Cranial Nerve Examination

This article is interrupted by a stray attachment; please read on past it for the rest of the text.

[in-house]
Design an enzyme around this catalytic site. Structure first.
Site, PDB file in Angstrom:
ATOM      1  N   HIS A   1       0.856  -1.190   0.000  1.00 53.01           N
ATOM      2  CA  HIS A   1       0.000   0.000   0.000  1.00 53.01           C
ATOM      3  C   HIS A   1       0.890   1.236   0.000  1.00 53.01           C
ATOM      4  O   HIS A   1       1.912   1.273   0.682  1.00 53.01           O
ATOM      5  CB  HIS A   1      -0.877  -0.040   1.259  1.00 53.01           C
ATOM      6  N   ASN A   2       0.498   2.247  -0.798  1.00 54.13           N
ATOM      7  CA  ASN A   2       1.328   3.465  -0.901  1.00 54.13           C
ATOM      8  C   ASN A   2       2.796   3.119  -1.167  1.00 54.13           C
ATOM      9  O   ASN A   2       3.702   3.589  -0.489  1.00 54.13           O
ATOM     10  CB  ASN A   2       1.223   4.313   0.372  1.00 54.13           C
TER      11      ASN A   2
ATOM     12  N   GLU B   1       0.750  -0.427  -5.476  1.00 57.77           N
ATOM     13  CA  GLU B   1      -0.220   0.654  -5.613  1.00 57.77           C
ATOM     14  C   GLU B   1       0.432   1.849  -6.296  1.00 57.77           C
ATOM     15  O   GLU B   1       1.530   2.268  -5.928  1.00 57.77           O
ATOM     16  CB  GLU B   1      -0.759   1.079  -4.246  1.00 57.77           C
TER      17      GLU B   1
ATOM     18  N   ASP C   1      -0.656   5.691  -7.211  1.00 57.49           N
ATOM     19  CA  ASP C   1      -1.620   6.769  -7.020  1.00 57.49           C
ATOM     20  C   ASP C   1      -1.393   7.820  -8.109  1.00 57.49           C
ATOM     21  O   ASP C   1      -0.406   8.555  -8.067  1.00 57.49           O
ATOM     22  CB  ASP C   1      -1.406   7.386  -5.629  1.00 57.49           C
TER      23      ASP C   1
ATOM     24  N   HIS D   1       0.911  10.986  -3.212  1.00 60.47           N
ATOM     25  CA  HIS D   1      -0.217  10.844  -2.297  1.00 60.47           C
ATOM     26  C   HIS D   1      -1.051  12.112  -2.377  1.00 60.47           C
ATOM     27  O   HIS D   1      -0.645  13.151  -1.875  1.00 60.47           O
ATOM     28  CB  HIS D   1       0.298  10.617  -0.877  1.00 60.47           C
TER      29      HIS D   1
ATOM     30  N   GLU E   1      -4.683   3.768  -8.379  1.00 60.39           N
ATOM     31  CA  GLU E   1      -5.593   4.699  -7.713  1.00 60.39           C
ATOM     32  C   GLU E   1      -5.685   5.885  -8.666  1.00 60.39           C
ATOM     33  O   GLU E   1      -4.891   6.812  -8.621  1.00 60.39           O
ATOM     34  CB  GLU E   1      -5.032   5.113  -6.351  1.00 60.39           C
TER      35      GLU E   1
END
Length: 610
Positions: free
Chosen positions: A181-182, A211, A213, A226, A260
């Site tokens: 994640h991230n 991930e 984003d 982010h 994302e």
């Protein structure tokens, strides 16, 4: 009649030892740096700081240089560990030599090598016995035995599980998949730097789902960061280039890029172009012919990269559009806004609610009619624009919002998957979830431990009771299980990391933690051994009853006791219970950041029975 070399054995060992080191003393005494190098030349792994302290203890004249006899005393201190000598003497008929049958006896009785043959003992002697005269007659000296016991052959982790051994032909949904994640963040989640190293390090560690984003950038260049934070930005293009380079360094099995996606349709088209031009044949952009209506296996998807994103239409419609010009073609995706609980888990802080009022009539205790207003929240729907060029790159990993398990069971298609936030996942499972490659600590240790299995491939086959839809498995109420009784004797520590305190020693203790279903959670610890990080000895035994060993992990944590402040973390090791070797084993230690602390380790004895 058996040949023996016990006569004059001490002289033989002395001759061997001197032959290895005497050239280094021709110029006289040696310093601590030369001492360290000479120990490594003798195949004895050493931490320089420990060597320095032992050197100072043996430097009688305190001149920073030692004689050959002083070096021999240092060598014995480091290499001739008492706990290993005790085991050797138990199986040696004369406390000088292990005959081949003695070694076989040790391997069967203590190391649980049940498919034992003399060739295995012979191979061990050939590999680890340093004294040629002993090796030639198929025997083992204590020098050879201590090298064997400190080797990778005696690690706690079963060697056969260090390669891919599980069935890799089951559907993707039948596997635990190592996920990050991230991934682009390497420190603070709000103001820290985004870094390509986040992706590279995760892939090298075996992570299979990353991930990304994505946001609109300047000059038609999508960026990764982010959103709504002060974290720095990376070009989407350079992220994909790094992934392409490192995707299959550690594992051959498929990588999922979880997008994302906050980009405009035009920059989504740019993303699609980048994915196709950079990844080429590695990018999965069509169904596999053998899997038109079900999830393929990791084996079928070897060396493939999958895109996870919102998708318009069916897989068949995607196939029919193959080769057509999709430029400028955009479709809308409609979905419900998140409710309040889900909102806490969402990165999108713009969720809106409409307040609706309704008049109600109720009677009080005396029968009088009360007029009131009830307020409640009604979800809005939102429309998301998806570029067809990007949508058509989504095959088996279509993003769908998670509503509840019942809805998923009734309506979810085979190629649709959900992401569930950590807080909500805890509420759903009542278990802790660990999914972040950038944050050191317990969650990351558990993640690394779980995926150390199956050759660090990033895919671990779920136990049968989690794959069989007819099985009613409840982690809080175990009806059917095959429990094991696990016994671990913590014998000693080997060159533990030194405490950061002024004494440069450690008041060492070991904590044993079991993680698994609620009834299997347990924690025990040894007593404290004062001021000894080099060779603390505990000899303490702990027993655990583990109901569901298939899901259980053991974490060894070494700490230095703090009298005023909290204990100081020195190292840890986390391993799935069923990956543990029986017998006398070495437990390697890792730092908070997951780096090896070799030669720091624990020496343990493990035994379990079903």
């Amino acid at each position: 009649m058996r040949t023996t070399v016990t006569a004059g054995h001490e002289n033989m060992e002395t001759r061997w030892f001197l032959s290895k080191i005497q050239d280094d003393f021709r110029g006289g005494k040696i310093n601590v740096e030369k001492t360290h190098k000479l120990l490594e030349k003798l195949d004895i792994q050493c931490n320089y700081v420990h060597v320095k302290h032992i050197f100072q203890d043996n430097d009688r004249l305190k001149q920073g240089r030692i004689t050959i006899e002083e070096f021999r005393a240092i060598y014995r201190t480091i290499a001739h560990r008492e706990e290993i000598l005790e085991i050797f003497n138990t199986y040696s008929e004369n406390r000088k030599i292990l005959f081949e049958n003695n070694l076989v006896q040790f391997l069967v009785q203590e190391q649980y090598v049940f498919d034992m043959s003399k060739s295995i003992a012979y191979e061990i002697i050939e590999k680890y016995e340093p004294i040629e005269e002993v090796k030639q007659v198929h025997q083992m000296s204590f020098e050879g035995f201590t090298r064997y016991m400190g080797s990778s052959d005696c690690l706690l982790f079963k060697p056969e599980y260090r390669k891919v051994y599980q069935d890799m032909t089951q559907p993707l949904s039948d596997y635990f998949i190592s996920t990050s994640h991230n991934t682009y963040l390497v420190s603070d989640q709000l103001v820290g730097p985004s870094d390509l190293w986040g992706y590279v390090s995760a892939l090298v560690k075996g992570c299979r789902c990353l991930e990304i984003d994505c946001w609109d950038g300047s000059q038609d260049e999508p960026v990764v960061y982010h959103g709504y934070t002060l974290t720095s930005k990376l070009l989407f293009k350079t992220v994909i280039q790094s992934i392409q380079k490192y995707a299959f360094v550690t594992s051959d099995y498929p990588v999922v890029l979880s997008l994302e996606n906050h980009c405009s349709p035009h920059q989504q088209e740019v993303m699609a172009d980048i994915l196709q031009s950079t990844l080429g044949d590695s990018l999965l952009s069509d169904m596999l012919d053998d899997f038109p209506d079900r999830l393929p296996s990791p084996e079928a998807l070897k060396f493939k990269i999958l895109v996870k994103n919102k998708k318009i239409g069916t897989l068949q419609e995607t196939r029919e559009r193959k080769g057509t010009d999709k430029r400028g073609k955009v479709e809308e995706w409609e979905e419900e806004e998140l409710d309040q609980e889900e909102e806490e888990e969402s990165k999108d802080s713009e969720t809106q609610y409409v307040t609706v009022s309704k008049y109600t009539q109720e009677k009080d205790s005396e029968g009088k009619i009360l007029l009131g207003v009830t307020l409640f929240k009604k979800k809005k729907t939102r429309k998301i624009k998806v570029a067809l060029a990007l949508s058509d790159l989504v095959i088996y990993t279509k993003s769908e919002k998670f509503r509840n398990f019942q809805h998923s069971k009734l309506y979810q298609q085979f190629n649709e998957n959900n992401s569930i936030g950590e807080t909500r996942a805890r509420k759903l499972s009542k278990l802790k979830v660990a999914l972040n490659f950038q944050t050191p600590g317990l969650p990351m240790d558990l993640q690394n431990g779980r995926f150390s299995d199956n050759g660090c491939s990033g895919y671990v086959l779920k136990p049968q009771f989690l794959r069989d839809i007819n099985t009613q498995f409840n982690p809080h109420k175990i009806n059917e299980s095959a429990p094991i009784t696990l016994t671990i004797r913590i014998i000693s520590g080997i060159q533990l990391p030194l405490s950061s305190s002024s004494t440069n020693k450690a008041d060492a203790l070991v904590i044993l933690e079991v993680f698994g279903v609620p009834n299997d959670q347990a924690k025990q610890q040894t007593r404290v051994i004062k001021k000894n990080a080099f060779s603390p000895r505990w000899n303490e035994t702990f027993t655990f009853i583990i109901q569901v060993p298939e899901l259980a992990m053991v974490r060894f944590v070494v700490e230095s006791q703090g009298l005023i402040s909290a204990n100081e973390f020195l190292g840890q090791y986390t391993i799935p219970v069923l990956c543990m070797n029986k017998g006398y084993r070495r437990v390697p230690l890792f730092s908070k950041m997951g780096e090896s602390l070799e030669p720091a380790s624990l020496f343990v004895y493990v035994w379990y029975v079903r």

Cranial Nerve ExaminationCreated OnJune 1, 2020Last Updated OnJune 1, 2020byadmin You are here: Main Clinical Examination Cranial Nerve Examination < All Topics Table of Contents Cranial Nerves: 12 pairs Origin: Cerebrum Olfactory (I) Optic (II) Midbrain Trochlear (IV) Midbrain-pontine junction Oculomotor (III) Pons Trigeminal (V) Ponto-medullary Junction Abducens (VI) Facial (VII) Vestibulocochlear (VIII) Medulla Glossopharyngeal (IX) Vagus (X) Accessory XI) Hypoglossal (XII) Modalities: Sensory (afferent) Modalities: General somatic sensory (GSS) – Sensation from skin. General visceral sensory (GVS) – Sensation from viscera. Special somatic sensory (SSS) – Senses derived from ectoderm (sight, sound, balance). Special visceral sensory (SVS) – Senses derived from endoderm (taste, smell). Motor (efferent) Modalities: General somatic motor (GSM) – Skeletal muscles. General visceral motor (GVM) – Smooth muscles of gut and autonomic motor. Special visceral motor (SVM) – Muscles derived from pharyngeal arches. Equipment required: Pen torch Snellen chart Ishihara plates Ophthalmoscope Cotton wool Neuro-tip Tuning fork (512hz) Glass of water Coffee bean or lemon slice Introduction: Wash hands before examination Introduce yourself Confirm patient details – name/DOB Explain the examination and gain consent Position patient on a chair at eye level – approximately one arm’s length away Ask if the patient currently has any pain. Cranial nerve I (olfactory nerve):   Exit: cribriform plate Modalities: SVS   Function: smell Have patient to close his/her eyes Occlude one nostril and test the other nostril using nonirritating substances (such as vanilla, lemon, cloves, coffee). Bring the substance near to the patent nostril and ask patient to smell. He/she should identify the smell rather than just report that it can be smelt. Compare 2 sides. Abnormal findings: Hyposmia/Anosmia (Reduced/Loss of sense of smell) Obstruction – Nasal polyps, enlarged turbinates, rhinitis, nasal septum deviation Head trauma causing damage to olfactory filaments – Anterior cranial fossa fracture Intracranial Lesions – Abscess, Tumour Degenerative disorder – Parkinson’s disease, Alzheimer’s disease, Lewy Body dementia Genetic – Kallmann’s syndrome Parosmia (Distorted odor perception) Head trauma – Skull fracture Infection – Recovery state of post-influenza anosmia, Sinusitis Adverse effect of drugs – Streptomycin, Thyrothiricin Cranial nerve II (ophthalmic nerve):   Exit: optic canal   Modalities: SSS   Function: vision Assess the visual acuity Ensure good lighting, ask patient to put on their reading glasses if they use them. Use a Snellen chart with a distance of 6 meters from the patient. Or hold a handheld Snellen chart at a comfortable reading distance (Arm length). Cover one eye with a card and have the patient to read from top down until he can no longer identify the letters. Repeat for the other eye. For each eye, record the smallest line patient could read. Normal vision is 6/6. Causes of Decreased visual acuity Papillitis Retrobulbar neuritis Refractive errors Myopia Presbyopia Astigmatism Primary ocular disorders Iridocyclitis Corneal opacities Cataracts Vitreous opacities Retinal detachment Glaucoma. If the patient is unable to read at 6 metres: Move closer to 3m If still unable – move closer to 1m If still unable – assess the ability to count fingers If still unable – assess the ability to detect moving hand If still unable- assess the light perception **Repeat visual acuity using a pinhole if the patient does not achieve at least 6/9. Assess the visual field Sit directly in front of patient about 1 meter away and have the patient to keep looking at your eyes. Hold your hands out midway between you and the patient to the full extend that you can barely see them out of the corner of your eye. Wiggle a fingertip and ask the patient to point to it as soon as he sees it moves. Do this at 10, 8, 2 and 4 o’clock. If abnormally is found, test all 4 quadrants of each eye individually. *Causes of visual field loss has been discussed under Visual Disturbance – Common neurological symptoms. Fundoscopic examination Perform fundoscopy in a dim room. Have patient to focus on distant wall. Hold the ophthalmoscope in your right hand and use your right eye to examine patient’s right eye. Place your free hand on the patient’s forehead, catch the upper eyelid and gently retract it against the orbital rim. This prevents the upper eyelid from obscuring your view. From a distance about 10cm bring the red reflex into focus. *An absence of red reflex indicates cataract or retinoblastoma. Slowly come close to the patient’s head so that you are touching the hand you are resting on the patient’s forehead. Bring the optic disc into view. Note the disc colour, presence of venous pulsations, papilledema or haemorrhages. Follow the blood vessels as they extend from the optic disc in 4 directions: Superotemporally, inferotemporally, superonasally and inferonasally. Ask the patient to look directly at the light to locate the center of macula. Ask patient to keep their eye still while you look around the macula. Findings for papilledema Loss of venous pulsations Swelling of optic nerve head, so loss of disc margin Disc hyperemia Flame shaped haemorrhages Assess the pupillary function (CN II and CN III) Light reflex: Afferent pathway: Optic nerve, chiasma, optic tract (CN II) Centre: Pretectal nucleus in the midbrain Efferent pathway: Edinger-westphal nucleus, Oculomotor nerve, ciliary ganglion and short ciliary nerve (CN III) Effector muscle: Sphincter pupillae Steps: Assess the pupils’ shape and symmetry. Dim room lights as necessary. Ask the patient to look into distance to avoid effect of accommodation. Shine a bright light (yellow light) obliquely into each pupil. Look for both direct and consensual constriction. Record pupil size in mm and any asymmetrical or irregularity To assess the afferent pathway (swinging light test): Swing a bright light from one eye to the other The eye with optic nerve lesion will show a positive consensual light reflex but will not show a positive direct light reflex. Affected pupil starts to dilate when direct light is thrown into that eye (Marcus Gunn’s Pupil). Assess the color vision Use Ishihara chart to assess red-green vision. Cranial nerve III (oculomotor nerve), IV (trochlear), VI (abducens):   Exit: superior orbital fissure Modalities: CN III – GSM & GVM CN IV – GSM CN VI – GSM   Function: CN III -movement of eyeball, pupillary contraction and accommodation CN IV – supplies the superior oblique muscle CN VI – supplies the lateral rectus muscle Visual inspection Sit facing the patient about 1 metre away. Inspect for head turns or tilts in the direction of underacting muscles. Look for any ptosis. Ptosis may be congenital or acquired, unilateral or bilateral. Unilateral Ptosis Bilateral Ptosis Third nerve lesion: Compression of third nerve by the uncus of temporal lobe during cerebral herniation Compression of third nerve by aneurysm of posterior communicating artery, posterior cerebral artery, or internal carotid artery Cavernous sinus thrombosis (usually the fourth and sixth cranial nerves are also involved) Third nerve palsy can occur without involving the pupillary fibres in the following conditions: Diabetes mellitus Hypertension Atherosclerosis Collagen vascular disease. Lesion of cervical sympathetic pathway (Horner’s syndrome) Trauma Lesions of the upper eyelid. Myopathies Myasthenia gravis Bilateral Horner’s syndrome Bilateral ptosis occurs when there is a lesion of the third nerve nucleus, supplying the levator palpabrae superioris in the midbrain Snake bite Botulism. Hold pen torch and ask patient to look at the light. Look at the position of the light reflection on the cornea. Does the reflection of light hit the same location in each eye? 2. Assess the eye movement Stand/sit directly in front the patient 3-6 feet away Ask patient to follow your finger without moving their head. And ask them to notify you if they have diplopia. Move your finger to one side, then up and down then to the other side and repeat (six cardinal direction), forming a letter H in the air. Observe for nystagmus for each eye...